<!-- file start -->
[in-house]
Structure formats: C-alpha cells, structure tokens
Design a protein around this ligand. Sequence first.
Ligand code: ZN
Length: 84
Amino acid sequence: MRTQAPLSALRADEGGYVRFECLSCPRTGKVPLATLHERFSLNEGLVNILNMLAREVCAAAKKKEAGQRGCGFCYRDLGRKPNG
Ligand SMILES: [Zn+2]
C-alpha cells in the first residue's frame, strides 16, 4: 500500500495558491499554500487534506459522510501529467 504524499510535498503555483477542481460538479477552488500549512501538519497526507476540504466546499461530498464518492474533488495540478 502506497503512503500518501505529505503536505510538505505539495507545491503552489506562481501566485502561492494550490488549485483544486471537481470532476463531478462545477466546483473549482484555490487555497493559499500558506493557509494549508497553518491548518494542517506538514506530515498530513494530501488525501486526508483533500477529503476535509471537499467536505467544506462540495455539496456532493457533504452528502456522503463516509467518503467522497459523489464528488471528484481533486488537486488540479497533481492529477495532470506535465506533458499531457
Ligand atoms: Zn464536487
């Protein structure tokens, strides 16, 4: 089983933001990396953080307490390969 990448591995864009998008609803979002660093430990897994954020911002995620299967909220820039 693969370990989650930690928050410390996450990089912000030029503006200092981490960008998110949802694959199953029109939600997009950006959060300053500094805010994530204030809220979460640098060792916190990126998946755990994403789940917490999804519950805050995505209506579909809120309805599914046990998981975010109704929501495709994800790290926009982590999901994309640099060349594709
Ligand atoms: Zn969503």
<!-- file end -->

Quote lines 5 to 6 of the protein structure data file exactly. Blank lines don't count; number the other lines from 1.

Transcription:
Length: 84
Amino acid sequence: MRTQAPLSALRADEGGYVRFECLSCPRTGKVPLATLHERFSLNEGLVNILNMLAREVCAAAKKKEAGQRGCGFCYRDLGRKPNG